Tonya Boldent’s haunting Crossing Ebenezer Creek explores the tragedy at Ebenezer Creek during which hundreds of freed slaves drowned.
Browsing: YA review
Elizabeth Wein’s The Pearl Thief is a prequel to Code Name Verity. I have not read Code Name Verity, but that doesn’t matter if you pick up The Pearl Thief.
Dark Breaks the Dawn stands on its own. Sara B. Larson has created a complex and compelling world that should be applauded for its nuances.
Maud, by Melanie Fishbane, is a historical fiction YA novel based on Lucy Maud Montgomery’s teenage years. It’s an engrossing read, perfect for the summer.
Being a teen is hard enough without losing a parent. Things are about to get even more complicated for the lead character in Carol Weston’s Speed of Life.
Duels & Deception is a fast-paced read that holds your attention. I read it in one sitting, and I expect to read it again in the near future.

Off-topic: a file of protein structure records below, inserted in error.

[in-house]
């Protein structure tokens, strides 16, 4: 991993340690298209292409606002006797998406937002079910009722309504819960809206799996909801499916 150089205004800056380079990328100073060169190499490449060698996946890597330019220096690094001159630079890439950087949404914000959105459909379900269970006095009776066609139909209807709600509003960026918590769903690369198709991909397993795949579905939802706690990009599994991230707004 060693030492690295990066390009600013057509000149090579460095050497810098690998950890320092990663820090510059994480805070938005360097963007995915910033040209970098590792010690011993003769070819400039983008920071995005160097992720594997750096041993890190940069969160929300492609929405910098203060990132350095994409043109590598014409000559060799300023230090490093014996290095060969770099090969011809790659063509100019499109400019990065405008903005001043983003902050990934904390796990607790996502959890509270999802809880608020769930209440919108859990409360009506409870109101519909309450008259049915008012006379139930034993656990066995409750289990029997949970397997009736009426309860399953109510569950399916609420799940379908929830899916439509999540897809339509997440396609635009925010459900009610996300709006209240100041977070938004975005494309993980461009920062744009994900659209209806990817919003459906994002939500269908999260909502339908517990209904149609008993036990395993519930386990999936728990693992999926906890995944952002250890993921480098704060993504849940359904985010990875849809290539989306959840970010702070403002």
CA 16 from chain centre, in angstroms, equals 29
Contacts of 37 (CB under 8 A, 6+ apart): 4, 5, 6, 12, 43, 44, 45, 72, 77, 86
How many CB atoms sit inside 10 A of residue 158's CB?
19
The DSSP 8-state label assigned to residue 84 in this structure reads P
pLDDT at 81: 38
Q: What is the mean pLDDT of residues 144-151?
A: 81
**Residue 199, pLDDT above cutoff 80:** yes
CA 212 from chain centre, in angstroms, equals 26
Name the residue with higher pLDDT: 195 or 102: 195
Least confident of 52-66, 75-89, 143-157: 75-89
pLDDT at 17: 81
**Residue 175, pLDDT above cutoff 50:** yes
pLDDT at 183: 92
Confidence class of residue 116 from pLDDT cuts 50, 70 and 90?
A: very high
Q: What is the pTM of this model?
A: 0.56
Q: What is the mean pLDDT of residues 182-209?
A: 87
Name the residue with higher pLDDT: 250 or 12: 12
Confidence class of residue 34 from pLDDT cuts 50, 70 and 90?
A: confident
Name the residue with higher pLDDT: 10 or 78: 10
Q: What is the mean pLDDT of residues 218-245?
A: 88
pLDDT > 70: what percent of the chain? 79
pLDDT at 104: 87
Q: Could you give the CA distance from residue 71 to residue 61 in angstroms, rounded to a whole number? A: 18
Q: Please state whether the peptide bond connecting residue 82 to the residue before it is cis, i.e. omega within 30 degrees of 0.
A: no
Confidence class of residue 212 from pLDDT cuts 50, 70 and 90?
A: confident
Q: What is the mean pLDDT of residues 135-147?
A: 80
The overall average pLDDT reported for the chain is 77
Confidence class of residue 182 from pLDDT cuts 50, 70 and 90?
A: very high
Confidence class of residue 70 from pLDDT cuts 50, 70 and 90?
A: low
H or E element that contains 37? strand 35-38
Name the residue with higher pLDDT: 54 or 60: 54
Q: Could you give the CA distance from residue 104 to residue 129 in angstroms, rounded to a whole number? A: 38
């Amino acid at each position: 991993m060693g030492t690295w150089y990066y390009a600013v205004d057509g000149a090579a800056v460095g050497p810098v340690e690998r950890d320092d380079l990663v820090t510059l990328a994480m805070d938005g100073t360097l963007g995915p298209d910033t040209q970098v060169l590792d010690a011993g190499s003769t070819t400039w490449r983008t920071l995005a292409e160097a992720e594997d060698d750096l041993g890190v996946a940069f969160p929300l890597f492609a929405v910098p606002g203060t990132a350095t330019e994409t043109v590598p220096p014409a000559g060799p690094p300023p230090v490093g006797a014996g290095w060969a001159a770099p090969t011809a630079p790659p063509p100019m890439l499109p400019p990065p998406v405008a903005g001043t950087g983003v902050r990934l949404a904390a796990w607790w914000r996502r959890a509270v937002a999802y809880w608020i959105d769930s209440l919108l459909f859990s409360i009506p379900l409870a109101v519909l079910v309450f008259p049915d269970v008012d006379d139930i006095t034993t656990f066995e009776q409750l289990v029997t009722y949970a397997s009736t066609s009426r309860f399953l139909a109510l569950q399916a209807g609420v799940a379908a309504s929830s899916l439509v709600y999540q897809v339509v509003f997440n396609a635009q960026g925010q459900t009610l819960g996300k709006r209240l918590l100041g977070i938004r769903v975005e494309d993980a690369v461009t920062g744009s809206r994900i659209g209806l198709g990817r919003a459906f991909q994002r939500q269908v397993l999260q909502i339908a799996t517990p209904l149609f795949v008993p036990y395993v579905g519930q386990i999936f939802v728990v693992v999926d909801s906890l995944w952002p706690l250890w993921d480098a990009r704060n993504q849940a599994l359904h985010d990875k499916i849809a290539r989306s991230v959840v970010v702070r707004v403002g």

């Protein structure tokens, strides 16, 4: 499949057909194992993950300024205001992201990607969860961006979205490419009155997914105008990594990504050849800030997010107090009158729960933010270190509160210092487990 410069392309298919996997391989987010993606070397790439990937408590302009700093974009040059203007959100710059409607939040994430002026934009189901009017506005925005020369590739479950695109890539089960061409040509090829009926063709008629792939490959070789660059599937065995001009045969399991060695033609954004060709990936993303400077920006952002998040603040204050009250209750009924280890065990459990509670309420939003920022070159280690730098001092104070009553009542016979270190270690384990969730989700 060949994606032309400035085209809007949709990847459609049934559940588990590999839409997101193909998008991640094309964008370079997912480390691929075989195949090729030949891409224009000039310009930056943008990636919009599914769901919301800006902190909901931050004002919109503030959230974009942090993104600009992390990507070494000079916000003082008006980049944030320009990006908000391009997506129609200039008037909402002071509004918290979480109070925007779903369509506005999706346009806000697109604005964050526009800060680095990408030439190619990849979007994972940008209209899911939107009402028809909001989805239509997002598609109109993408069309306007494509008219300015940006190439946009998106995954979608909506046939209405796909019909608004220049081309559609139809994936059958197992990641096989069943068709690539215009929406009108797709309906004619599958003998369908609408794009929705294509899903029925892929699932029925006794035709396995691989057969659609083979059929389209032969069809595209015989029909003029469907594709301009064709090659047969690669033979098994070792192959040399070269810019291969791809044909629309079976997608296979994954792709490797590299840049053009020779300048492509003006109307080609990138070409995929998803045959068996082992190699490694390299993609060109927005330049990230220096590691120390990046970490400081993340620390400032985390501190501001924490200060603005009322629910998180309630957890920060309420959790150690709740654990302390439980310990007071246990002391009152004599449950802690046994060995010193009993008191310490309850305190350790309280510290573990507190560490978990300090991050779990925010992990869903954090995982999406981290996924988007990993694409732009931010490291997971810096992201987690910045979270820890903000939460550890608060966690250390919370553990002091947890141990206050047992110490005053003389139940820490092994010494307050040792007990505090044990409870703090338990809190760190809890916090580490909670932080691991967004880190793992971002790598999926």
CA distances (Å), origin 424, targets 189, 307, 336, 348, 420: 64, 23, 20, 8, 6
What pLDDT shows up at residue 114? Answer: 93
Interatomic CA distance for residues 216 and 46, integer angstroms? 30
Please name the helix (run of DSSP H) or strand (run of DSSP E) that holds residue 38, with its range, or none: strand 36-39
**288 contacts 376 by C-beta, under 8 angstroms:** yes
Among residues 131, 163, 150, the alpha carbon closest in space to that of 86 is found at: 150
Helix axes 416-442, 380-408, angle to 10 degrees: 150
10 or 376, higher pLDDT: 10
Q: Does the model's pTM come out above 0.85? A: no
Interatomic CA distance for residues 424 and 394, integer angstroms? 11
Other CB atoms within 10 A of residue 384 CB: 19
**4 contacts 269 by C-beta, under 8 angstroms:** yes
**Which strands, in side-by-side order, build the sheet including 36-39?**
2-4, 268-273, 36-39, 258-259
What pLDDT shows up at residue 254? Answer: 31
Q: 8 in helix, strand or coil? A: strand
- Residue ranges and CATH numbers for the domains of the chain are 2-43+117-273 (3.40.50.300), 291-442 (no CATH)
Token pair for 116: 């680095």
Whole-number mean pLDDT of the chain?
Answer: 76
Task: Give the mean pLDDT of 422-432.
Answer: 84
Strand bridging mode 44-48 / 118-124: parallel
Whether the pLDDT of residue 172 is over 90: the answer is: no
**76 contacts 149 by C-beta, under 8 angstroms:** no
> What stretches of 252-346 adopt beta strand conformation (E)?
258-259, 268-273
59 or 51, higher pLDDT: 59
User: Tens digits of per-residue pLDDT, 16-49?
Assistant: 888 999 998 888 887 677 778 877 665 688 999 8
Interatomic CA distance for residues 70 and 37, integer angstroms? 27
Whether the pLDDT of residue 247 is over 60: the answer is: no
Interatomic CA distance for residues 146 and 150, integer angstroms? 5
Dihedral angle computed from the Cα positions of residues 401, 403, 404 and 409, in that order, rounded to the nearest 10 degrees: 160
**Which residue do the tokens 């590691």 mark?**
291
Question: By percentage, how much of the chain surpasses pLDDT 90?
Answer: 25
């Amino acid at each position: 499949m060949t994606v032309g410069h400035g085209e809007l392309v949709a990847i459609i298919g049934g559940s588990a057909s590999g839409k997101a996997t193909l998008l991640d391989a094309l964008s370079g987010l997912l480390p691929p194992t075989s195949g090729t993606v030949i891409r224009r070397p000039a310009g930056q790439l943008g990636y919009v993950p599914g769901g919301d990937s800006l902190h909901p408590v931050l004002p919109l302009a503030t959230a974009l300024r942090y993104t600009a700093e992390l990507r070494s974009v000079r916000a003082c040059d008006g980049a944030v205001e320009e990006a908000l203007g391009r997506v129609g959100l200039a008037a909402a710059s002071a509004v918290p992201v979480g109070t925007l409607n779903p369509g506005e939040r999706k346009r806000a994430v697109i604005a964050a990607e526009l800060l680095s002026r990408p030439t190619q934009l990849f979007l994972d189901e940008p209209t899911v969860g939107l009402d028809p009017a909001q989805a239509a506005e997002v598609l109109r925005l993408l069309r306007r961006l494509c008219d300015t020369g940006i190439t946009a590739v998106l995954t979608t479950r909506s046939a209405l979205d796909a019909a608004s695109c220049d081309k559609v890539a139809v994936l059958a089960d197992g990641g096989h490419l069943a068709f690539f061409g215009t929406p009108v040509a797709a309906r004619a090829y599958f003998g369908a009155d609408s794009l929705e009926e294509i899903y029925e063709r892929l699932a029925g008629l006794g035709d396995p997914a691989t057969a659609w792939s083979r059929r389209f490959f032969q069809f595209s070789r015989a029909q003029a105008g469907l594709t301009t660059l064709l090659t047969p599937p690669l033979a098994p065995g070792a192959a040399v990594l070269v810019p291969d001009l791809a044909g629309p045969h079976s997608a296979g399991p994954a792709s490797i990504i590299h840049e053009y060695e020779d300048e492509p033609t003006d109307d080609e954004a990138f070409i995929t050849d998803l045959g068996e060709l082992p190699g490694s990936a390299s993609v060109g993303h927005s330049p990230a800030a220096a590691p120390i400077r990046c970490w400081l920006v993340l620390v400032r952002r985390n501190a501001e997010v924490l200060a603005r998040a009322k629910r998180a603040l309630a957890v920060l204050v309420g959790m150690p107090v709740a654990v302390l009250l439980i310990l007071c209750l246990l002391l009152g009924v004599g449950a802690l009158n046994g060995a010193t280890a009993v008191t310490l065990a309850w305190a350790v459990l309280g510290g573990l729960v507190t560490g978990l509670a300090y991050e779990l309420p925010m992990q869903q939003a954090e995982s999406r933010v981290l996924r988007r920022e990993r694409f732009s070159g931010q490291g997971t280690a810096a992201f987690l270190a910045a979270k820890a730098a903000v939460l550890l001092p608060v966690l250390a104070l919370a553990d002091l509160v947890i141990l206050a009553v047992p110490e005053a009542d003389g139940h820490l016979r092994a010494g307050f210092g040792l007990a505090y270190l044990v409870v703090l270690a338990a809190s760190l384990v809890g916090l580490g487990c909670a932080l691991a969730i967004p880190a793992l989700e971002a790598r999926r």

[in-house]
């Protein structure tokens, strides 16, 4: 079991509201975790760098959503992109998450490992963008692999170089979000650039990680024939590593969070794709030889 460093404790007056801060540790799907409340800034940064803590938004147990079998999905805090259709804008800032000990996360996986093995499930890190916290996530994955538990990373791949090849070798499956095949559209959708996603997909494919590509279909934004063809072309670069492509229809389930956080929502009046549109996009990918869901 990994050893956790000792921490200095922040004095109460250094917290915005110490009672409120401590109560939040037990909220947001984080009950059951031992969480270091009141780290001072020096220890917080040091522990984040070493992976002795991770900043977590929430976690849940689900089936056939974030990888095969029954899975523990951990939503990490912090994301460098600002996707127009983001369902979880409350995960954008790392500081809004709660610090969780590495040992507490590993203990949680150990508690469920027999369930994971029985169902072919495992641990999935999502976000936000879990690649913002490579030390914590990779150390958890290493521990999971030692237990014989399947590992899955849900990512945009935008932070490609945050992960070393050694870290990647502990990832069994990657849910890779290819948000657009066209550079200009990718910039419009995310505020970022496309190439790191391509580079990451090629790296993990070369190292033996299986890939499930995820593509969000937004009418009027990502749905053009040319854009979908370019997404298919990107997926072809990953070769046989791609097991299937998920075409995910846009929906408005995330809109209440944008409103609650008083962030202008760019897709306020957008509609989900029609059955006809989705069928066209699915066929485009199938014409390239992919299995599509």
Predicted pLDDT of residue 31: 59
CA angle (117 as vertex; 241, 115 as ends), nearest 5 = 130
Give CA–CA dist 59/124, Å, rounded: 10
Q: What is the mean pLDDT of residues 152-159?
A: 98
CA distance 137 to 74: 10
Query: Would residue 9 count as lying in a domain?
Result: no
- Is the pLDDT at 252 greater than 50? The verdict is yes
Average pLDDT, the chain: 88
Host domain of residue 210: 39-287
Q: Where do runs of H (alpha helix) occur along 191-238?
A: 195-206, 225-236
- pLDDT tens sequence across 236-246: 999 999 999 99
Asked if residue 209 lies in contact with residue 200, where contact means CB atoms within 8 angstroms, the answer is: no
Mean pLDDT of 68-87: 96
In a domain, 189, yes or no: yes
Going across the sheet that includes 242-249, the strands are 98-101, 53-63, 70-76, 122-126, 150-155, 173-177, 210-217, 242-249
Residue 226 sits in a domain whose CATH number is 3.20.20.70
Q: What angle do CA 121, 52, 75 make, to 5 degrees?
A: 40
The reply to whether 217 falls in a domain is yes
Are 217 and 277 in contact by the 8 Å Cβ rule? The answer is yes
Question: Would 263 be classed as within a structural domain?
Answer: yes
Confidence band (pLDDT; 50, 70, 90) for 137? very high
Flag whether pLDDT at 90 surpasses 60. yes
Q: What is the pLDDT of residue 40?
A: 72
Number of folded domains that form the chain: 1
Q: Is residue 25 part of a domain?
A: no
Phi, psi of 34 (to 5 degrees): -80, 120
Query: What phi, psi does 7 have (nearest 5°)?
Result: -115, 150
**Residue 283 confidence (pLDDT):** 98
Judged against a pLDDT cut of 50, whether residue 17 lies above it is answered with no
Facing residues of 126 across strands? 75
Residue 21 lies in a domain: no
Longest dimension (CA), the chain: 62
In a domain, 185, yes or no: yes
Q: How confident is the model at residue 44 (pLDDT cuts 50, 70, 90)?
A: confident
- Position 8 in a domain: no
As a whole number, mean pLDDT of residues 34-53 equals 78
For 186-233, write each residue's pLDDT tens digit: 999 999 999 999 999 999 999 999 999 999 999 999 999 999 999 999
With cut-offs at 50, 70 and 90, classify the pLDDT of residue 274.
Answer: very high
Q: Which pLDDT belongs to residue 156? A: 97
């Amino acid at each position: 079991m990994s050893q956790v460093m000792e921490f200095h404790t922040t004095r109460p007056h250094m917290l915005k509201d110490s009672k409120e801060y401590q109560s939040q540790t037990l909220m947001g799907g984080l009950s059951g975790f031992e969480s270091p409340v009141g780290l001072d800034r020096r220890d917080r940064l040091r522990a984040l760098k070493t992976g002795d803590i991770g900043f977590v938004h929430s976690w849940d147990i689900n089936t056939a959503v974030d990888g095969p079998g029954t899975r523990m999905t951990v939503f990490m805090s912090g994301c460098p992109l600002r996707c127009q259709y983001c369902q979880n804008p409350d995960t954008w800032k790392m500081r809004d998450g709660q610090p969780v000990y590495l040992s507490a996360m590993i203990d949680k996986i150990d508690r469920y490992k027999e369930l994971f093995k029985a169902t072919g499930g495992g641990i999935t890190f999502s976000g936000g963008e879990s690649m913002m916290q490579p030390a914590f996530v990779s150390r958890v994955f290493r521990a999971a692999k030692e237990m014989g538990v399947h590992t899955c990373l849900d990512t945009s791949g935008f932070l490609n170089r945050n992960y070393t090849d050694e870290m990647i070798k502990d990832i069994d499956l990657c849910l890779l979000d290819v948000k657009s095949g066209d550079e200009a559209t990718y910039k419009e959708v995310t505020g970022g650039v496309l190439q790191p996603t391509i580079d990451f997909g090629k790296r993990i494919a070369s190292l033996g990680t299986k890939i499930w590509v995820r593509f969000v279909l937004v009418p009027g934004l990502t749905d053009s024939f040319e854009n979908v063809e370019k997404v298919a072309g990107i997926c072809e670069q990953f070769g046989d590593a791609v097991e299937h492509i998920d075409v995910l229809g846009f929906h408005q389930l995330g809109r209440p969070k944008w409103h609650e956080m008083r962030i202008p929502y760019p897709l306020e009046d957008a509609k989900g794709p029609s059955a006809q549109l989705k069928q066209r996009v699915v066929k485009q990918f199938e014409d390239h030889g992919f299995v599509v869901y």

Grief manifests itself in different ways — denial, anger, depression, guilt. Brigid Kemmerer explores these manifestations in Letters to the Lost.
After reading the first chapter of Emery Lord’s The Names They Gave Us I wasn’t sure if I wanted to stick with the book. Turns out I’m glad I kept reading.
Reading Kelley Armstrong’s Missing is like watching a Lifetime movie — whether you like it or not, once you’ve started, you’re in it for the long haul.
Melissa De La Cruz’s latest historical-fiction novel, Alex and Eliza, retells the events of Elizabeth Schuyler and Alexander Hamilton’s courtship.